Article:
· A Short Memory: Addiction has a very short memory. The outcomes of yesterday do not matter. Your addiction does not get down, depressed, or consider itself beat when it fails to get you to use. If addiction was unable to achieve its objective yesterday, no problem, it will attack today with an even stronger force. There is no loss of confidence, feeling of helplessness, or thought that it is not good enough. Regardless of past outcomes, today, your addiction will be working as hard as ever.

For Consideration: We often let past outcomes influence future decisions. We let unwanted thoughts and emotions cause our faith to vanish. We allow biases and false believes to determine our effort. What if the only thing that mattered to you was the actions you were taking and whether those actions were in line with who you want to be? What if outcomes became secondary, and your mission each day was to act solely on a set of core principles.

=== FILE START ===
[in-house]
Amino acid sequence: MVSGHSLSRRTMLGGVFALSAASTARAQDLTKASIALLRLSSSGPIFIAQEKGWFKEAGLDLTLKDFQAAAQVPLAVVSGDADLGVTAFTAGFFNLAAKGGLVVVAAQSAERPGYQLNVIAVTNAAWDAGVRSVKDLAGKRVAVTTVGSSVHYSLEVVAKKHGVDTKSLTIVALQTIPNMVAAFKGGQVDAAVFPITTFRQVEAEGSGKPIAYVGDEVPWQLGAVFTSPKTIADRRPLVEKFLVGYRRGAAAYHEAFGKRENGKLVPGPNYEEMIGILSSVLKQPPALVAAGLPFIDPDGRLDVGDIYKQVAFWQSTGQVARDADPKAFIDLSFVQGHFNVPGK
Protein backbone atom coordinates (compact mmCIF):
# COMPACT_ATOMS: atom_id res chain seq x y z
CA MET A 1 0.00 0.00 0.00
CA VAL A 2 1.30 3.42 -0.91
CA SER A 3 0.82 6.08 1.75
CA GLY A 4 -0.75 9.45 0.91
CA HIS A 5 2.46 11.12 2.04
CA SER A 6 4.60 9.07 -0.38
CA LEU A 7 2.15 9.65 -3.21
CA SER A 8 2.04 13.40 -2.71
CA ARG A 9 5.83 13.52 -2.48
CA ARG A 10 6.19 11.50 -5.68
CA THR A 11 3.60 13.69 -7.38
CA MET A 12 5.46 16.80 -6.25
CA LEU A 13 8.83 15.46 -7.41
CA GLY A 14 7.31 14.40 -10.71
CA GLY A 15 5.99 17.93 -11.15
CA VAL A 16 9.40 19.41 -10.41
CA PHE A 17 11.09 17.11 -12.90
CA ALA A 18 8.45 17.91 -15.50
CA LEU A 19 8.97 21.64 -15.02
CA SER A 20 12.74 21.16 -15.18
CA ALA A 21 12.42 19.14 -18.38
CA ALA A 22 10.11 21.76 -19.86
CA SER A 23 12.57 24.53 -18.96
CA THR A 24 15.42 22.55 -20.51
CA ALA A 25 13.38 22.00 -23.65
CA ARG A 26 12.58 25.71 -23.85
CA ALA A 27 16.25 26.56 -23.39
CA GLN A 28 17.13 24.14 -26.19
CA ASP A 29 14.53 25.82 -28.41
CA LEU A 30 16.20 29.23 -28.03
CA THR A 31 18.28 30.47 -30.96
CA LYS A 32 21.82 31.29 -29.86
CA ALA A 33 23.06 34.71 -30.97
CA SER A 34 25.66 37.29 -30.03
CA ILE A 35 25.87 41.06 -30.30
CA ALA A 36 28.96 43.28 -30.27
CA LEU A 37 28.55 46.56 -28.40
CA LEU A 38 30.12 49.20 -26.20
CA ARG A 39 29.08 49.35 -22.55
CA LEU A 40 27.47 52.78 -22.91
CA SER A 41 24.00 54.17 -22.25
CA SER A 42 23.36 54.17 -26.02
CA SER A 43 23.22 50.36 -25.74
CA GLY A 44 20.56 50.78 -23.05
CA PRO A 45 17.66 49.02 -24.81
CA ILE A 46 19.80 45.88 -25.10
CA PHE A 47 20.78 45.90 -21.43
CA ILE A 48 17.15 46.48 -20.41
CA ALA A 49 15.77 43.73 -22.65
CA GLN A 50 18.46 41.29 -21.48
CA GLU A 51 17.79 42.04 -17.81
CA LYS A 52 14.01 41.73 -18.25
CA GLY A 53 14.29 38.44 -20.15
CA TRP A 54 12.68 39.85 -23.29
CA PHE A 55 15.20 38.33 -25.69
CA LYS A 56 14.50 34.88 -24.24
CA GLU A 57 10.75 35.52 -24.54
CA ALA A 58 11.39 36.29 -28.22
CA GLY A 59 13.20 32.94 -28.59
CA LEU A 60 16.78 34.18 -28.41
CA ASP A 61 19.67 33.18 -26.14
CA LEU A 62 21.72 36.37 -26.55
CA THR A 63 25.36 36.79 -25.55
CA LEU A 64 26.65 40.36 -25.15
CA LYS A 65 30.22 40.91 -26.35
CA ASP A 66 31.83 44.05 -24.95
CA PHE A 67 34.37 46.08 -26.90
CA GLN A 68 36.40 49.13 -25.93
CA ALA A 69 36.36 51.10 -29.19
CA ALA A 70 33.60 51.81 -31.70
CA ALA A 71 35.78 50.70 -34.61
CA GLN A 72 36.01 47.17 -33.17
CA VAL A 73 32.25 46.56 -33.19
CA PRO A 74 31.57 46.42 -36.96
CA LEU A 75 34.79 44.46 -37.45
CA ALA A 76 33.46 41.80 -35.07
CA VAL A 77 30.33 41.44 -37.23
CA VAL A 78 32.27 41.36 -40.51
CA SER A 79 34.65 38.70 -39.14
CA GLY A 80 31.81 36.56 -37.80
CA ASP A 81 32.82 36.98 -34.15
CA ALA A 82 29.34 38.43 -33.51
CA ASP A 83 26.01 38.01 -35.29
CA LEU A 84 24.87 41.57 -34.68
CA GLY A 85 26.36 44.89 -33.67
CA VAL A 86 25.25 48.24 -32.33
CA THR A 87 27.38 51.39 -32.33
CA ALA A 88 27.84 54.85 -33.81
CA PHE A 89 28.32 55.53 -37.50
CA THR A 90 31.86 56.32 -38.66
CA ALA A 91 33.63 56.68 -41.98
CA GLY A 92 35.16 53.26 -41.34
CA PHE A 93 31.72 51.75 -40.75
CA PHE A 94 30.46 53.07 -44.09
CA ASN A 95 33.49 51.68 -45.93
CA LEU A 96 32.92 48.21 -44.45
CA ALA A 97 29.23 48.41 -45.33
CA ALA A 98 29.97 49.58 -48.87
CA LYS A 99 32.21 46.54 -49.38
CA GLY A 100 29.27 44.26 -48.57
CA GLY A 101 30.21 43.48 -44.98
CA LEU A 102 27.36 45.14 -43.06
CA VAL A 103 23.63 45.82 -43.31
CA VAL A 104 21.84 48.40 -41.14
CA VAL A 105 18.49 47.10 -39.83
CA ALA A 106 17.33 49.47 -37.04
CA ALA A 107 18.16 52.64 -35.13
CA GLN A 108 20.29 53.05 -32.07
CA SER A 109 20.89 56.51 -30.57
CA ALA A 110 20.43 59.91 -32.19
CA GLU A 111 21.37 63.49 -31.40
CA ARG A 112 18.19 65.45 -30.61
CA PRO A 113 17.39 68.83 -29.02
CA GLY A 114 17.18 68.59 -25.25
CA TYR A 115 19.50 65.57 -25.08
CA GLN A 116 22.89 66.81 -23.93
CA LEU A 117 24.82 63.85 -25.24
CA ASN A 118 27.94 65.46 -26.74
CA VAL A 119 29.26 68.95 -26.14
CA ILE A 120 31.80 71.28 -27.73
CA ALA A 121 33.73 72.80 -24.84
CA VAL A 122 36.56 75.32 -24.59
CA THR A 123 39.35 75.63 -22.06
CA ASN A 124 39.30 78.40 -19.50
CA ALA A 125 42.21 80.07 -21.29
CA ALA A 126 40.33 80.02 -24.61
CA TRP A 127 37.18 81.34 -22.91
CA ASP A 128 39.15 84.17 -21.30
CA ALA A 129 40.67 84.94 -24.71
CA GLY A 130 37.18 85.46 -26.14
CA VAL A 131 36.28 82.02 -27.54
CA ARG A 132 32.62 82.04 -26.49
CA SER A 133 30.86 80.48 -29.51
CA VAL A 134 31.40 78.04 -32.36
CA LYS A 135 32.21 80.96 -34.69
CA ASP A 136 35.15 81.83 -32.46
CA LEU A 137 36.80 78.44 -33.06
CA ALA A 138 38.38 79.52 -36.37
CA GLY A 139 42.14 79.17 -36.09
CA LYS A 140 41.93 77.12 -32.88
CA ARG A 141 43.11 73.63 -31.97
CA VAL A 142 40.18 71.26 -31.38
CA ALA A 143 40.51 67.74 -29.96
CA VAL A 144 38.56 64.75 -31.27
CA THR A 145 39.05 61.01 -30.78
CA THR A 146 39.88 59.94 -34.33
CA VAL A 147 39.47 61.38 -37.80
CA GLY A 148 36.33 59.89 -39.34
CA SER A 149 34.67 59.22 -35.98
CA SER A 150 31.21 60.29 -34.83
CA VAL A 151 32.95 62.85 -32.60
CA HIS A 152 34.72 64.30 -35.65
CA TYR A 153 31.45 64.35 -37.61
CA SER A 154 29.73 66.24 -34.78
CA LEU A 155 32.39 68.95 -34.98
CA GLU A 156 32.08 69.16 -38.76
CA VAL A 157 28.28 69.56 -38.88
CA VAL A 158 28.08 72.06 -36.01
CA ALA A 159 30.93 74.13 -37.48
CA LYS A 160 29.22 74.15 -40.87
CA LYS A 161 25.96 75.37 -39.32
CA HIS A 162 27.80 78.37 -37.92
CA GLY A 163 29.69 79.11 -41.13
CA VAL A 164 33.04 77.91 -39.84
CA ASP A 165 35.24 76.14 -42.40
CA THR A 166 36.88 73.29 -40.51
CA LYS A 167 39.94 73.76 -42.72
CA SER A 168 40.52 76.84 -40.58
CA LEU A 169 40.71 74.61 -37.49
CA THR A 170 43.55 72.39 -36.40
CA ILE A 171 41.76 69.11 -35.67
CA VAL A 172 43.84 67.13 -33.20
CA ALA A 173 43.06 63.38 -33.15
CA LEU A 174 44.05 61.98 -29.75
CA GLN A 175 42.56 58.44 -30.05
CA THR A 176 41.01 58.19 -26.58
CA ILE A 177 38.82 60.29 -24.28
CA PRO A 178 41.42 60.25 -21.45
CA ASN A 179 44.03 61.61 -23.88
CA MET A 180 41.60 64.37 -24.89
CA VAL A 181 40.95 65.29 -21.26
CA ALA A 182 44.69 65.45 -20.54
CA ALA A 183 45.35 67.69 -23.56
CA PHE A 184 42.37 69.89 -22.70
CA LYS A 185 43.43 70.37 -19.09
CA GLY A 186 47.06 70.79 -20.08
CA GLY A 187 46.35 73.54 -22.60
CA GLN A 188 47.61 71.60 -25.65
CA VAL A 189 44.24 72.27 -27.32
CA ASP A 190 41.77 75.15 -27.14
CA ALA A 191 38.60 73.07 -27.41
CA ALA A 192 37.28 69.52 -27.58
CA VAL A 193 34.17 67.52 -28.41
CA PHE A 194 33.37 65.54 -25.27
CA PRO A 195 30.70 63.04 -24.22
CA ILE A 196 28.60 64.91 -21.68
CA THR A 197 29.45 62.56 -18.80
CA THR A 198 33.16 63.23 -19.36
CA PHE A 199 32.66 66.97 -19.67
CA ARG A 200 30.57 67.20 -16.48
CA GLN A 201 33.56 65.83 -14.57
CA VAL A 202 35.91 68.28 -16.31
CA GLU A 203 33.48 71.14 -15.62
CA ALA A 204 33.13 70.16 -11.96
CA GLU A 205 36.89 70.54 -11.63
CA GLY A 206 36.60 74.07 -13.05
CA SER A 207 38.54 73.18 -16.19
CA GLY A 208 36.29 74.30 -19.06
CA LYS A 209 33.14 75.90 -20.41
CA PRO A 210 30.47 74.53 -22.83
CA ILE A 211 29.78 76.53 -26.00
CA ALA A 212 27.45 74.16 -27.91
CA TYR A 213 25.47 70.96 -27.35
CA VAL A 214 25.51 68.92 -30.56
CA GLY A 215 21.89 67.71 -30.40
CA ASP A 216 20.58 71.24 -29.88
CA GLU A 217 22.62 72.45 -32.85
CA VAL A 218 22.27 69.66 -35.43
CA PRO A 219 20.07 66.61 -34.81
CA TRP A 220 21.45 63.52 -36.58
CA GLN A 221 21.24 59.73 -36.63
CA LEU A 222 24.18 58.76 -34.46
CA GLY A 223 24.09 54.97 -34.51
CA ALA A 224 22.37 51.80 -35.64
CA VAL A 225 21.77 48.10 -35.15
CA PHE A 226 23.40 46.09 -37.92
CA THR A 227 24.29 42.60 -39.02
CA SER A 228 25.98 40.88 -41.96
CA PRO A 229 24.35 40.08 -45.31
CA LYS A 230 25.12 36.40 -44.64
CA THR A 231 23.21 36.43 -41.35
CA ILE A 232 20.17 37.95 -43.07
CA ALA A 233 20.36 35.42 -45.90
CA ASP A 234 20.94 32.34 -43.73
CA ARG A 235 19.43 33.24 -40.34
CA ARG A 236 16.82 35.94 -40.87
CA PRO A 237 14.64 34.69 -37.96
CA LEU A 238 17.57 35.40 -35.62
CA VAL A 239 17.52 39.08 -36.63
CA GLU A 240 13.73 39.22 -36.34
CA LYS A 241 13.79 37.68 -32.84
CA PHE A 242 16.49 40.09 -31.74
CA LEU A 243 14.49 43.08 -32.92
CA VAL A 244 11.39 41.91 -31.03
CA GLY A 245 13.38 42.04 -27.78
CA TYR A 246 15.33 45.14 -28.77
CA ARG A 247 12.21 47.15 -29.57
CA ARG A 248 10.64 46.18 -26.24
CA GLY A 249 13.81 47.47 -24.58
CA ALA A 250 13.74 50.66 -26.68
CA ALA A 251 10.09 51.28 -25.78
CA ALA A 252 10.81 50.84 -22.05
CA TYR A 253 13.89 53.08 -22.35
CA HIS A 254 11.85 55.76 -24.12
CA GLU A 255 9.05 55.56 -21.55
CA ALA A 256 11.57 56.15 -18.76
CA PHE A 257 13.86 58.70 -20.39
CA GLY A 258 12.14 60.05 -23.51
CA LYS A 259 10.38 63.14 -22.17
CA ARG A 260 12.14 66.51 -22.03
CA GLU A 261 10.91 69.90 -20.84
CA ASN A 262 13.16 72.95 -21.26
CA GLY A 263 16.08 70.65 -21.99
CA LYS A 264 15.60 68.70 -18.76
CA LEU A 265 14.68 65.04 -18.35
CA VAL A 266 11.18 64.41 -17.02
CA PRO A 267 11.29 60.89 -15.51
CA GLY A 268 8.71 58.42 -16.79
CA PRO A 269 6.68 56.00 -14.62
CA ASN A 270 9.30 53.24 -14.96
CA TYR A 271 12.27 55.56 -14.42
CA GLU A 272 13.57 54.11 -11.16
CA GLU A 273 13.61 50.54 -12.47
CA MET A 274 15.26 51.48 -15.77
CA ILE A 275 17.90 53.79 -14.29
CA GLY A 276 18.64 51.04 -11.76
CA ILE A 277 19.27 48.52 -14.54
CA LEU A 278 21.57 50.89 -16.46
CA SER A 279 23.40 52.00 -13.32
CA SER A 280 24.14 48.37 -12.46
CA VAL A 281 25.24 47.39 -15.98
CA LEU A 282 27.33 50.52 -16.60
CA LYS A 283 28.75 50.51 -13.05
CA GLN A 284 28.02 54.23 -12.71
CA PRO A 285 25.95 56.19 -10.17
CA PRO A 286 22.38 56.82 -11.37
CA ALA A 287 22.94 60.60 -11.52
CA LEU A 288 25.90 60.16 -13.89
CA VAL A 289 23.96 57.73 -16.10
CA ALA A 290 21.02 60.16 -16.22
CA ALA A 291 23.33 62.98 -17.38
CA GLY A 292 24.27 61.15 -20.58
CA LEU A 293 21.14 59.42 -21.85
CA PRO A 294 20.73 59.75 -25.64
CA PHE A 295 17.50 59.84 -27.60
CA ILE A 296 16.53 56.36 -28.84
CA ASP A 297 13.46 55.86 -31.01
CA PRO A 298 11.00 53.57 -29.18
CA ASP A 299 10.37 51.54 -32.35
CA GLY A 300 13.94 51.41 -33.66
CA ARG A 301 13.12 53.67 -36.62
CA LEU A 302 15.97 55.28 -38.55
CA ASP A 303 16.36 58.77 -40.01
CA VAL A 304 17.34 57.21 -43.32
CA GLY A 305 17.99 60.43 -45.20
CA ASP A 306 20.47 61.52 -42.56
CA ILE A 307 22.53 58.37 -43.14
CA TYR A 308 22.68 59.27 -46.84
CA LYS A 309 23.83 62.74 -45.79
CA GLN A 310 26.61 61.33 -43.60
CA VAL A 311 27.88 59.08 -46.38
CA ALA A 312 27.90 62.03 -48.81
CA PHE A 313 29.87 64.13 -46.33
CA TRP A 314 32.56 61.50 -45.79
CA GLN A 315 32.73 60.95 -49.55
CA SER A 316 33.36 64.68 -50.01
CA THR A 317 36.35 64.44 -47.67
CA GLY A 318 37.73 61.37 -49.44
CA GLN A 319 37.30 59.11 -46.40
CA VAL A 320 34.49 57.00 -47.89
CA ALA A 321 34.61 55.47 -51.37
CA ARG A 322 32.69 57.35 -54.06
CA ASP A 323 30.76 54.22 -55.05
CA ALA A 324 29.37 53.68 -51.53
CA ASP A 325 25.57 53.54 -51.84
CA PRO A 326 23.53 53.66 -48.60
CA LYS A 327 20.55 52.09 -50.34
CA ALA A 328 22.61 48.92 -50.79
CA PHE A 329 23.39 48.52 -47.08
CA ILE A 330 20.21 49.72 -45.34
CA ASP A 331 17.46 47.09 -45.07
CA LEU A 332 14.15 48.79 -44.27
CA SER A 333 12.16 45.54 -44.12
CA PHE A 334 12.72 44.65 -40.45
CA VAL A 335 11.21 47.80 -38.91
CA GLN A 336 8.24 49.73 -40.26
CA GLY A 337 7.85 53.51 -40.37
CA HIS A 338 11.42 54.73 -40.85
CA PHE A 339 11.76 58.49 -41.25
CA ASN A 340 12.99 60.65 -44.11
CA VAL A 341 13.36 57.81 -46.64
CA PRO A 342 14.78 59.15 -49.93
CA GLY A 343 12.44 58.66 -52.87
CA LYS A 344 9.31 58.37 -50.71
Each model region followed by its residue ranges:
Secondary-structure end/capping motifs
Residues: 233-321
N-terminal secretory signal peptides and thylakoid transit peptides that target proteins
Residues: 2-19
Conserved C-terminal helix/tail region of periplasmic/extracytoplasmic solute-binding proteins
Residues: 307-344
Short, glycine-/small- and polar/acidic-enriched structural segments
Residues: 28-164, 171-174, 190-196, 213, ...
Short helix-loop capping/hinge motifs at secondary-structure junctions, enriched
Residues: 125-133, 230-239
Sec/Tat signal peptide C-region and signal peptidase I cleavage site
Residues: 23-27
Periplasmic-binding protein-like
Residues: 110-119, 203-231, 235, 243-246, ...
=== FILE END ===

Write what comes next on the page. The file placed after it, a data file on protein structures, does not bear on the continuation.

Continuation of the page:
· The Struggle Motivates It: Addiction does not get derailed by a few hurdles or difficulties. It is almost as if hurdles and difficulties boost its motivation. Addiction loves the challenges associated with someone attending treatment or looking to stop using. It does not get unhappy or run for cover when stress arrives. In these moments, addiction gets louder, looks for creative ways to attack, and becomes patient. Addiction refuses to lose, and it will always find a new motivation to keep it focused on the objective.